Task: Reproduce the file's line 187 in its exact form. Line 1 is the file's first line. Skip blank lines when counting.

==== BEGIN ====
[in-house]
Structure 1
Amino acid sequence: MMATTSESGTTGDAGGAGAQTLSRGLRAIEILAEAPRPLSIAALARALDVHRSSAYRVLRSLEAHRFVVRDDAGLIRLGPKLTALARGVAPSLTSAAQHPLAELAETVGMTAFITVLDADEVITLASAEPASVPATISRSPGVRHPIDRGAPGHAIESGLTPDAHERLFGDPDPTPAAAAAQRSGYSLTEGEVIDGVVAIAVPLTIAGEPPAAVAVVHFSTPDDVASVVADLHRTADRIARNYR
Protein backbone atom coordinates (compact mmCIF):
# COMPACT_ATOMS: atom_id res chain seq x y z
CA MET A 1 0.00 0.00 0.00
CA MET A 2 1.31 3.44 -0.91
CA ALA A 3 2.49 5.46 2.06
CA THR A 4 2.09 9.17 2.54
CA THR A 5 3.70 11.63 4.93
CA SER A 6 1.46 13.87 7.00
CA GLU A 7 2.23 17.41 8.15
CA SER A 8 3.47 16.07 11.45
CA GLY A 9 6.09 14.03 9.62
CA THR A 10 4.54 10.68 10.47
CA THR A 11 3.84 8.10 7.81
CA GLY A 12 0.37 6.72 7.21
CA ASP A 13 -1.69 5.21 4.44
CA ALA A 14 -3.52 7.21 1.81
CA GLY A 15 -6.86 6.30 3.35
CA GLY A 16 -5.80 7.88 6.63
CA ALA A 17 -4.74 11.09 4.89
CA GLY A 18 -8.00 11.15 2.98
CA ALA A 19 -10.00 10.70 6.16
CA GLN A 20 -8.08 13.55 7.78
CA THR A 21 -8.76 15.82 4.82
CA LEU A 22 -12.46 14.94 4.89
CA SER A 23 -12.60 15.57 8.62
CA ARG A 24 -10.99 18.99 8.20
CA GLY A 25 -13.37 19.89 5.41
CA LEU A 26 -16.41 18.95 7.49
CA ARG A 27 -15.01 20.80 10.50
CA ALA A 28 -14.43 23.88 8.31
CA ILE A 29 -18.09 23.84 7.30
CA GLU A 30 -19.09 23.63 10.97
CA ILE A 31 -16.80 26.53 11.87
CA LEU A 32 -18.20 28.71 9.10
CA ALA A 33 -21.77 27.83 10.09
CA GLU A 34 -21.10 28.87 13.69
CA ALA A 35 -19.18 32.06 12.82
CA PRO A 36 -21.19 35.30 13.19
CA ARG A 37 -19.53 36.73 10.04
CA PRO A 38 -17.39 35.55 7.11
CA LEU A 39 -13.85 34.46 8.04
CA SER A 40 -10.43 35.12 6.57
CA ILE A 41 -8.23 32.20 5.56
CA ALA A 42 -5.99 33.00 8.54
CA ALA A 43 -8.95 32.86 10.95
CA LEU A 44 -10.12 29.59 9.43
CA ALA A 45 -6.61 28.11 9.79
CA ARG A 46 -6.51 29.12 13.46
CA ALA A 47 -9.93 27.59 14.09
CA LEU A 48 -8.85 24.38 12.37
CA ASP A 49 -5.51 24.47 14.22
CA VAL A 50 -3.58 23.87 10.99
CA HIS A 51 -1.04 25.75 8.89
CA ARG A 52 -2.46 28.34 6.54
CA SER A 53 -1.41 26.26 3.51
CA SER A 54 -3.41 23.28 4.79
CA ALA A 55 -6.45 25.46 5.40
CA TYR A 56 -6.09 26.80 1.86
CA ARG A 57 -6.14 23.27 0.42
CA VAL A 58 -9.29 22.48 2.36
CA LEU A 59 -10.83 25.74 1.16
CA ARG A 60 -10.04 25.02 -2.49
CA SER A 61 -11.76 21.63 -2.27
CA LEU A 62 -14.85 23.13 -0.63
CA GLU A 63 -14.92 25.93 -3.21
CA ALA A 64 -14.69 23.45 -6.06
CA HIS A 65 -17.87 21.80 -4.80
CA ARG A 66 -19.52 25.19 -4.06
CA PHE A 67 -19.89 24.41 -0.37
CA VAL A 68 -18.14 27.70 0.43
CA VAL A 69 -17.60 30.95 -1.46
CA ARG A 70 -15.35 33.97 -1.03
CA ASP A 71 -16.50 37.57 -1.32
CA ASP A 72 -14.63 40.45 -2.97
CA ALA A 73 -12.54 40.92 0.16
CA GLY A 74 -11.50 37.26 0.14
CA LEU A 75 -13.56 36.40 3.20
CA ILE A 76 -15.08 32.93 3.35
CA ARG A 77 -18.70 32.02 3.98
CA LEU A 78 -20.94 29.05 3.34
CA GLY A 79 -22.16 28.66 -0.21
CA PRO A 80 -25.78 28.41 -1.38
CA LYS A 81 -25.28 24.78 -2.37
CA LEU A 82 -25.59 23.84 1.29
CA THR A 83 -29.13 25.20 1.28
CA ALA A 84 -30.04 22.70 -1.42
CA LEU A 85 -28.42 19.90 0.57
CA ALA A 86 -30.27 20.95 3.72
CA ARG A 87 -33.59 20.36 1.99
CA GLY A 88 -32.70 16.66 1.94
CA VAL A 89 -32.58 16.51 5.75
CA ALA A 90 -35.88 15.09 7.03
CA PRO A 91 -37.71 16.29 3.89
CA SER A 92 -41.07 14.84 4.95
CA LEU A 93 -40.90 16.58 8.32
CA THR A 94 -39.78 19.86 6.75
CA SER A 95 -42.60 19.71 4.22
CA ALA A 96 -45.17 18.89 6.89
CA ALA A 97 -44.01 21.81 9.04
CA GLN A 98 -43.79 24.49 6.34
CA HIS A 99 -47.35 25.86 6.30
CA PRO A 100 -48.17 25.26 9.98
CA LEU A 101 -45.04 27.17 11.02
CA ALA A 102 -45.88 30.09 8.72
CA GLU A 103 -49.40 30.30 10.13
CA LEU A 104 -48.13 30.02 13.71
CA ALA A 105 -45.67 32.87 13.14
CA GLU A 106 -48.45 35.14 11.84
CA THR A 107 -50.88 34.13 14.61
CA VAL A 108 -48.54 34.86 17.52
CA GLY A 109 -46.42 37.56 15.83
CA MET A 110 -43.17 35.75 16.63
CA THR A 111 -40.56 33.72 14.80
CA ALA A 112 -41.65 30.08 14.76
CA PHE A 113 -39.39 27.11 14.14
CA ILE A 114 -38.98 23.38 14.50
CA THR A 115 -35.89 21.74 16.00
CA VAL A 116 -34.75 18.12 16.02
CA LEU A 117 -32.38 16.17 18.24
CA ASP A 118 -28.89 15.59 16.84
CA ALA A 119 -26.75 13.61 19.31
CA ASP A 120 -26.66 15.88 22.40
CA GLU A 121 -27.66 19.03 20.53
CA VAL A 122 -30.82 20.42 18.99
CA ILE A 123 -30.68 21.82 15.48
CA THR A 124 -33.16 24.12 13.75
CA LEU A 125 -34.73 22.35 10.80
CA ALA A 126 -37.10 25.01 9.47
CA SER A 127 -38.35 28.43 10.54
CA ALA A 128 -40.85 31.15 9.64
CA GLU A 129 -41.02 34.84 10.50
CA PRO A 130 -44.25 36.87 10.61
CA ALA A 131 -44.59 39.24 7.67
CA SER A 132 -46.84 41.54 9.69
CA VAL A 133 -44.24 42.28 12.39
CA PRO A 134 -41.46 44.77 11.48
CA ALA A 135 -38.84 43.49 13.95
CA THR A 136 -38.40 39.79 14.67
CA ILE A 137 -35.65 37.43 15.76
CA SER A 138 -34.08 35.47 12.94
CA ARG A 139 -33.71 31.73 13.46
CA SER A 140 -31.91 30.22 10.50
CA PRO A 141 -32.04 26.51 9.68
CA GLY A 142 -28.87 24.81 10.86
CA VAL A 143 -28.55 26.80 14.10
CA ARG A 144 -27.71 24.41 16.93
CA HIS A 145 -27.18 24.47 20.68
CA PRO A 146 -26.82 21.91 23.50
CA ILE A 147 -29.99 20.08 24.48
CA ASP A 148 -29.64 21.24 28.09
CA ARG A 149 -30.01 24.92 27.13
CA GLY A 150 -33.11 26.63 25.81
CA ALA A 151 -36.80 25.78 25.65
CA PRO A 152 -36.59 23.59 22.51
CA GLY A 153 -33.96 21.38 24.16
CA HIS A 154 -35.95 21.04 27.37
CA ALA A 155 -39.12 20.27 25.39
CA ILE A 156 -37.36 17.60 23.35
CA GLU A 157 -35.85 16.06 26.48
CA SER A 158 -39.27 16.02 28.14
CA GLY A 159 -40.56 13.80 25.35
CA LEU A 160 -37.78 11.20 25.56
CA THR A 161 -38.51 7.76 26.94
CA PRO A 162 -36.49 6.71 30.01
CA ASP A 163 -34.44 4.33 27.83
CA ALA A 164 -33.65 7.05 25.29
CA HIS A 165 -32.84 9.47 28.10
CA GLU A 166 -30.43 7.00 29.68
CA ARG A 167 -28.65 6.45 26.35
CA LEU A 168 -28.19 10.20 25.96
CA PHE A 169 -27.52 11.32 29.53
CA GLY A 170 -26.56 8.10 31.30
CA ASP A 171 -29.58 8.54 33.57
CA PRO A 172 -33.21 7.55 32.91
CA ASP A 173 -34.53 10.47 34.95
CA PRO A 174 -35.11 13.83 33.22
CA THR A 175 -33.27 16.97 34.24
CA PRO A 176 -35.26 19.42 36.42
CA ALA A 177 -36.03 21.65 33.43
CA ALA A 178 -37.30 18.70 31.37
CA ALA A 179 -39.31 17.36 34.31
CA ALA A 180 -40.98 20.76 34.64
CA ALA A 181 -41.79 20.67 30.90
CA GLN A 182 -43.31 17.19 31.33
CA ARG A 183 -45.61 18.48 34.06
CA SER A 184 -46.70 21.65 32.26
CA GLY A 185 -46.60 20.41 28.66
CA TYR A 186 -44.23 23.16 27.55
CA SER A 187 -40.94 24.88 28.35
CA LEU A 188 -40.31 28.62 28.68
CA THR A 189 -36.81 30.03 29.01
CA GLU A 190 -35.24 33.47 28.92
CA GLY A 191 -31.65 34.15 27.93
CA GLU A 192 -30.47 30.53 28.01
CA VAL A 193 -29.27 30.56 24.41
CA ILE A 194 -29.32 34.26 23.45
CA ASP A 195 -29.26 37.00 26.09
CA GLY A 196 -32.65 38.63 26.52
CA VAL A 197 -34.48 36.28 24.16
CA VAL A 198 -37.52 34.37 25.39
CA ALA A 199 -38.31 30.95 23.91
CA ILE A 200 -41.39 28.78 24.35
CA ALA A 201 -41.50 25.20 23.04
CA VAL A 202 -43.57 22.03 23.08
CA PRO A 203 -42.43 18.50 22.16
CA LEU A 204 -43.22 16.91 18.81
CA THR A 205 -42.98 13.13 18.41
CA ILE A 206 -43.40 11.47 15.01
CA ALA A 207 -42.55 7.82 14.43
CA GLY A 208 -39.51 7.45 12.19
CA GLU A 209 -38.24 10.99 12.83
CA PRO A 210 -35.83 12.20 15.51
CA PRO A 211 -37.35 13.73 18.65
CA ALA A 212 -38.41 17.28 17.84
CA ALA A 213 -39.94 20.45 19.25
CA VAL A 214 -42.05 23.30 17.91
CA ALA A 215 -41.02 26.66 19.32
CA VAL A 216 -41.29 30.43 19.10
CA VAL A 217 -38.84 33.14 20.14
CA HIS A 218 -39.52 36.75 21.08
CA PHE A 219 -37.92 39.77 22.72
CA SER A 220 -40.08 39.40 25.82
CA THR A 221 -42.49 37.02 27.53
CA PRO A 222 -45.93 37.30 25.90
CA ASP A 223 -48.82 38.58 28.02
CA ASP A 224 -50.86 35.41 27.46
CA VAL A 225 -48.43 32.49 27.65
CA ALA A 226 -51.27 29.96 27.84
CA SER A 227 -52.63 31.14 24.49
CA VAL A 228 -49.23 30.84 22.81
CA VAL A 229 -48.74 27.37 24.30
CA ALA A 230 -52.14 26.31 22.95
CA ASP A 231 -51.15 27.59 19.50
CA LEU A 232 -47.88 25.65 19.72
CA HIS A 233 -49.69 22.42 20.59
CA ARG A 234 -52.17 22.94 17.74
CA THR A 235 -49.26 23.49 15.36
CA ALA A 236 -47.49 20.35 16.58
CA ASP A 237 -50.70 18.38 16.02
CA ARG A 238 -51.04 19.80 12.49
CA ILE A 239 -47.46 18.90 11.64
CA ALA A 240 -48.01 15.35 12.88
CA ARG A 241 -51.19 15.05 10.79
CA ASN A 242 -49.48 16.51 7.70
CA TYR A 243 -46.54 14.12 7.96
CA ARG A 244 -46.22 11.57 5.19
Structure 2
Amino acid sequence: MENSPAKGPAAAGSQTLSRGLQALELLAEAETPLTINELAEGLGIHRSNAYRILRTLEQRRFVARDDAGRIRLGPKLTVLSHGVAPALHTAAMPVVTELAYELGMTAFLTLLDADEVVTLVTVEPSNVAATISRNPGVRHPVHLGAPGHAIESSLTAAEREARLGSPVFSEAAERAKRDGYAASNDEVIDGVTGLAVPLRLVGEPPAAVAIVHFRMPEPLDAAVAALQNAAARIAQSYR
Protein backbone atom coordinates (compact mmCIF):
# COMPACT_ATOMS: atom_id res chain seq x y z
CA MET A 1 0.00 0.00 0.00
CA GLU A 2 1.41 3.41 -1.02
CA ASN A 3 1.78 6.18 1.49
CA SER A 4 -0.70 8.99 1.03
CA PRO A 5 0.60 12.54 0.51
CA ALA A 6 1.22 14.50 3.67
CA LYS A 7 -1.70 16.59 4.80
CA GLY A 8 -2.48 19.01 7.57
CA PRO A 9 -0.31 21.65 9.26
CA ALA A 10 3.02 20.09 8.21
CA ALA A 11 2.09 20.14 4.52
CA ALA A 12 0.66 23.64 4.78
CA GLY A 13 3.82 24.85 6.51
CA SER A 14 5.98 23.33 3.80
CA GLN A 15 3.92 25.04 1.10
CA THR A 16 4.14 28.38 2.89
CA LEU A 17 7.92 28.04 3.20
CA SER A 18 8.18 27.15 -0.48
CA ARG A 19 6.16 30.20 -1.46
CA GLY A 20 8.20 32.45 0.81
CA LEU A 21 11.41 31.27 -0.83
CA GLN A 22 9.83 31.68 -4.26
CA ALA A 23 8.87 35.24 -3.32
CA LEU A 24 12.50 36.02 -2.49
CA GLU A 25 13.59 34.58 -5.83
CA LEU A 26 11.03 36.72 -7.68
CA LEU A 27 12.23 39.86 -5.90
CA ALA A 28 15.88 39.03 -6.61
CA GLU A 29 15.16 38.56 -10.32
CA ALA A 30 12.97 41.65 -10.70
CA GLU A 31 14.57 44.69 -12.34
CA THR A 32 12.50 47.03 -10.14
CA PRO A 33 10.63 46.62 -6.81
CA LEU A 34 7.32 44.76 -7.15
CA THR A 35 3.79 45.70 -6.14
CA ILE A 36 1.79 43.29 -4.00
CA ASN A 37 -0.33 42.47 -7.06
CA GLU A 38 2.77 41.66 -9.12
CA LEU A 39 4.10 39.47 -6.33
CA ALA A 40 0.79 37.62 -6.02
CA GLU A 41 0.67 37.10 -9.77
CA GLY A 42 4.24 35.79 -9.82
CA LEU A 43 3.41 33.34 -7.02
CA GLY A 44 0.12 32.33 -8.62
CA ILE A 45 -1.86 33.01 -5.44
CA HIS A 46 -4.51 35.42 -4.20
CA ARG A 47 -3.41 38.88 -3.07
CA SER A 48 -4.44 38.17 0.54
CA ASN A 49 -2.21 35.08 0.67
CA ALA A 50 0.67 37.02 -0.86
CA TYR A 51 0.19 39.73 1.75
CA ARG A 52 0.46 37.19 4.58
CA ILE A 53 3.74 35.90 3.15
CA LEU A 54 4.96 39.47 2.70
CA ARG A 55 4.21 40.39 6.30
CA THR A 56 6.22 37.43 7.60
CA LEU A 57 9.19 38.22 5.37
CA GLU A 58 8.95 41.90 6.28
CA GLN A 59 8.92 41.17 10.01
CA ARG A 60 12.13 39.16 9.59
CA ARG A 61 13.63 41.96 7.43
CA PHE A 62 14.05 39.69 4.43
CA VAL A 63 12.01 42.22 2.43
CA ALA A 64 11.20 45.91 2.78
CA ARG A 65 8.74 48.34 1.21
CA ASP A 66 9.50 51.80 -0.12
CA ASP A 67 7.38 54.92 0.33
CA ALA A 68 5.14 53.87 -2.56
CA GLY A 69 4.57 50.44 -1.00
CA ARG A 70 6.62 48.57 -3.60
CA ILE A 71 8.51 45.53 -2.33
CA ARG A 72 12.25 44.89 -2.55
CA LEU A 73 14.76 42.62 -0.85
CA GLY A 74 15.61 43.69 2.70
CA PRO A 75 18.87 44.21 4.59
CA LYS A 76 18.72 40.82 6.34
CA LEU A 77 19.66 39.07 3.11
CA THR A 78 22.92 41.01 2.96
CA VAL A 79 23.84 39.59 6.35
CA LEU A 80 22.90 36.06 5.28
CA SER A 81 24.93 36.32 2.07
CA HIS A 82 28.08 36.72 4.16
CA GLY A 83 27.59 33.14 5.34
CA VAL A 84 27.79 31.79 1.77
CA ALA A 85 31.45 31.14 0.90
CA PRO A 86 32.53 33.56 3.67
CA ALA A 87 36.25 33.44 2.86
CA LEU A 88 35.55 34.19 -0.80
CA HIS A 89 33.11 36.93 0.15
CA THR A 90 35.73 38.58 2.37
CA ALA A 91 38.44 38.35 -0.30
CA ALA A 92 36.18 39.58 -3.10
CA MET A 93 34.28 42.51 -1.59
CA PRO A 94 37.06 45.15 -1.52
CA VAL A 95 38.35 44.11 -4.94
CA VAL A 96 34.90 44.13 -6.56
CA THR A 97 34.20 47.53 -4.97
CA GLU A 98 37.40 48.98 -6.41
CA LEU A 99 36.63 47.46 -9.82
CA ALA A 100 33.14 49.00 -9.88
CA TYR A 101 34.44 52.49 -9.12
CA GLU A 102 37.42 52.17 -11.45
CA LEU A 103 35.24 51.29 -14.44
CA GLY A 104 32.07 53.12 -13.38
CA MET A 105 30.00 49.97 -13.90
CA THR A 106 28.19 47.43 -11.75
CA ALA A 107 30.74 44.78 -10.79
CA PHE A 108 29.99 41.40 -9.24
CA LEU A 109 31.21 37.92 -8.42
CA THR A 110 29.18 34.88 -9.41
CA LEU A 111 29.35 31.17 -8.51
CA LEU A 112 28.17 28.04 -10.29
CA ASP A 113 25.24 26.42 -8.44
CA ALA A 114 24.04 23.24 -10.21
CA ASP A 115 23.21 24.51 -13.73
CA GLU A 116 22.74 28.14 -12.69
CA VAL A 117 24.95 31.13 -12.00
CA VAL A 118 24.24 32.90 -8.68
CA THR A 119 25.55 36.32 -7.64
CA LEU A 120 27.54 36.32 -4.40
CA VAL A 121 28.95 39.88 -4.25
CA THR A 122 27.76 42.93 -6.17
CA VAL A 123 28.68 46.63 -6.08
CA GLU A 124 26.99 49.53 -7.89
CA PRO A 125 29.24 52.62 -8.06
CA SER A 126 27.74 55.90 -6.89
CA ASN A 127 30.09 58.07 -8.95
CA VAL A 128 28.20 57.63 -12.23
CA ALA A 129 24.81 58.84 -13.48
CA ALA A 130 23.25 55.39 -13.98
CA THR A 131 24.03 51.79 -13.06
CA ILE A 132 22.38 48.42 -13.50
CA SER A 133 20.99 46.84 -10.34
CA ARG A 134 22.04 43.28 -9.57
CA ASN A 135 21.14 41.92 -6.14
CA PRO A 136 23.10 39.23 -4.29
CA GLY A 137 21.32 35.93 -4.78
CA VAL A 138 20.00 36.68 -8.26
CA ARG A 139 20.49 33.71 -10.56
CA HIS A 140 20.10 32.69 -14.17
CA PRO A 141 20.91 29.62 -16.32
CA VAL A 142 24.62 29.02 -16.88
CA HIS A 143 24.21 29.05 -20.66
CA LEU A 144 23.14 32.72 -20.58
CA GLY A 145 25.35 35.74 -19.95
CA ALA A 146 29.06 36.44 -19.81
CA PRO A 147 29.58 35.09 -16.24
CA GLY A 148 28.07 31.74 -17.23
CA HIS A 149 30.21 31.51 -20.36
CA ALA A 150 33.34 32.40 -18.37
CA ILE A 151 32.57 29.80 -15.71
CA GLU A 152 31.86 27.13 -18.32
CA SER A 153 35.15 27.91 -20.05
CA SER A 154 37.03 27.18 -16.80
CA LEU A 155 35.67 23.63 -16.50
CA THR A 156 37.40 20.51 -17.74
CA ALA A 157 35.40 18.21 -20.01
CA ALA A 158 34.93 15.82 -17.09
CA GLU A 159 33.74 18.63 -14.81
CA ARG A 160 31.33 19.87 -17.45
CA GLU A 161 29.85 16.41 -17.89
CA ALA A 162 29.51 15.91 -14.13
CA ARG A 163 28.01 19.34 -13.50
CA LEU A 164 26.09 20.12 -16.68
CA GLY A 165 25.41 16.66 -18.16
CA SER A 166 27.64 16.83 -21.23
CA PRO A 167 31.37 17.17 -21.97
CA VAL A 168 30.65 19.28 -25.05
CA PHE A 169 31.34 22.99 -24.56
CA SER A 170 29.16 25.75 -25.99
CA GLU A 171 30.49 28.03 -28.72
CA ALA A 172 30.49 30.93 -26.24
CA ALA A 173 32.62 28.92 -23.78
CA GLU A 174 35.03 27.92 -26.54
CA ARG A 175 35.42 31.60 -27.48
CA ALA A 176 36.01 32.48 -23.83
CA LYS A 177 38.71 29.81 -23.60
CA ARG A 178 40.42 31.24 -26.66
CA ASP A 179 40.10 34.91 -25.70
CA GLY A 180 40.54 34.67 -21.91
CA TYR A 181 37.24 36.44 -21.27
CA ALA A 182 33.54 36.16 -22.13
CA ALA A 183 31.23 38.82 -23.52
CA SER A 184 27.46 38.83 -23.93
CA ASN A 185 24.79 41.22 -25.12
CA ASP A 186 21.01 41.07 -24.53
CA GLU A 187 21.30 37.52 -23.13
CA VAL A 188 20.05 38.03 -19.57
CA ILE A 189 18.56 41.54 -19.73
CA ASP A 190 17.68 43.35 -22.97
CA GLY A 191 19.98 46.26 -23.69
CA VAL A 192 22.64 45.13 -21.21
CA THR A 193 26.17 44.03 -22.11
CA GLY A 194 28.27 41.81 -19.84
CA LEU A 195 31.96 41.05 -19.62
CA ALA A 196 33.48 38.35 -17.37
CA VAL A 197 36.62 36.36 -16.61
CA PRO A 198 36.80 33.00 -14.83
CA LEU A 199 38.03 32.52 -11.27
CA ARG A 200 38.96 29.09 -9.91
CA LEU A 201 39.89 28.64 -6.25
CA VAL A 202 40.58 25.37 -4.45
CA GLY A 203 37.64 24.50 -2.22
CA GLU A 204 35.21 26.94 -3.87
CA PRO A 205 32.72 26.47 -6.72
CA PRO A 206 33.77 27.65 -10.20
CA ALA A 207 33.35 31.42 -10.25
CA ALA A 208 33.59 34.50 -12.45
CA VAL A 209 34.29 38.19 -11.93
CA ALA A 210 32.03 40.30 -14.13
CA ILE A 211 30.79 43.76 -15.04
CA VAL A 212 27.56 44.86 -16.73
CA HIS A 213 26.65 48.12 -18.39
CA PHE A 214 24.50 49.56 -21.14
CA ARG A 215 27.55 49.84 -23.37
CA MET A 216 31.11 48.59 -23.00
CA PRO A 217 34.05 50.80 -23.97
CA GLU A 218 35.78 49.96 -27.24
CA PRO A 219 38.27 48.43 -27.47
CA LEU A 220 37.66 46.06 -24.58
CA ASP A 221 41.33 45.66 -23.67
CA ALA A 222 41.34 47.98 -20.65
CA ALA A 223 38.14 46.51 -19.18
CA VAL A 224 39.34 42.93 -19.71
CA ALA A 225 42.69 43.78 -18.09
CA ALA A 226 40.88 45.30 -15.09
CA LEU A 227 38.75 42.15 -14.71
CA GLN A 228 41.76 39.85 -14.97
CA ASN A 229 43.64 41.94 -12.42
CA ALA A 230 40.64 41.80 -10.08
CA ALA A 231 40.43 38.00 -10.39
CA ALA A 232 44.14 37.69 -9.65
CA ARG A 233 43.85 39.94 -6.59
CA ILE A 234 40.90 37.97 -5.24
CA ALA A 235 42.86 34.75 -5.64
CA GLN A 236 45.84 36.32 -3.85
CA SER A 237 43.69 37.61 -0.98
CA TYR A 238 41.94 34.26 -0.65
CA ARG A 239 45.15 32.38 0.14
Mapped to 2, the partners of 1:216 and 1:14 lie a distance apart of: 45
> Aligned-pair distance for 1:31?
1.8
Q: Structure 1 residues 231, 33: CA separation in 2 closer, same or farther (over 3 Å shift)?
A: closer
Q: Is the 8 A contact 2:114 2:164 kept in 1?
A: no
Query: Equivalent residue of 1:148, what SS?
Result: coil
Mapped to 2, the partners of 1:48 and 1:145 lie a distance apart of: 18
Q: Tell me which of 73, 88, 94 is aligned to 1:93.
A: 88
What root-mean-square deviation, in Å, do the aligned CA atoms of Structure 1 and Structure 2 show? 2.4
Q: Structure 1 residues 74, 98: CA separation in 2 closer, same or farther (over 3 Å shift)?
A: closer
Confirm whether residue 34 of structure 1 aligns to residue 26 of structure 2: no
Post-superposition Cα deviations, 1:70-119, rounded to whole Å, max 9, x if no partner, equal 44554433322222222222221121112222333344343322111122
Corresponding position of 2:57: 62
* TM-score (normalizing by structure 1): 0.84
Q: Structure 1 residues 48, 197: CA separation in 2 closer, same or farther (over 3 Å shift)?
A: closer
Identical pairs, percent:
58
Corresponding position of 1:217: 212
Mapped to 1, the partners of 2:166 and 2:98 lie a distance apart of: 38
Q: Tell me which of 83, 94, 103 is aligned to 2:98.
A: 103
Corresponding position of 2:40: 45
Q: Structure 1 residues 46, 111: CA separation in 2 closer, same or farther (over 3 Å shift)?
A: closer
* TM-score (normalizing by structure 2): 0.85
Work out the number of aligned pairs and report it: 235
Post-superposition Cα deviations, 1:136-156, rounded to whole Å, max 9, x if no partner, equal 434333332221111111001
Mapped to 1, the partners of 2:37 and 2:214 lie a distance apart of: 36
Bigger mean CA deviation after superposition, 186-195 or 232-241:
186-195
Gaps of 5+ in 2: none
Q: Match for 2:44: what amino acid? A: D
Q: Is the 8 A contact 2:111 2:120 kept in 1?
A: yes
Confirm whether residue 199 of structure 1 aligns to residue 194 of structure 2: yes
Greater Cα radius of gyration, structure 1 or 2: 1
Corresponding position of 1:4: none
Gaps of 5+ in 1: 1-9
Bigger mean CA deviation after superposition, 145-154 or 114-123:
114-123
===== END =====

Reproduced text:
CA GLN A 182 -43.31 17.19 31.33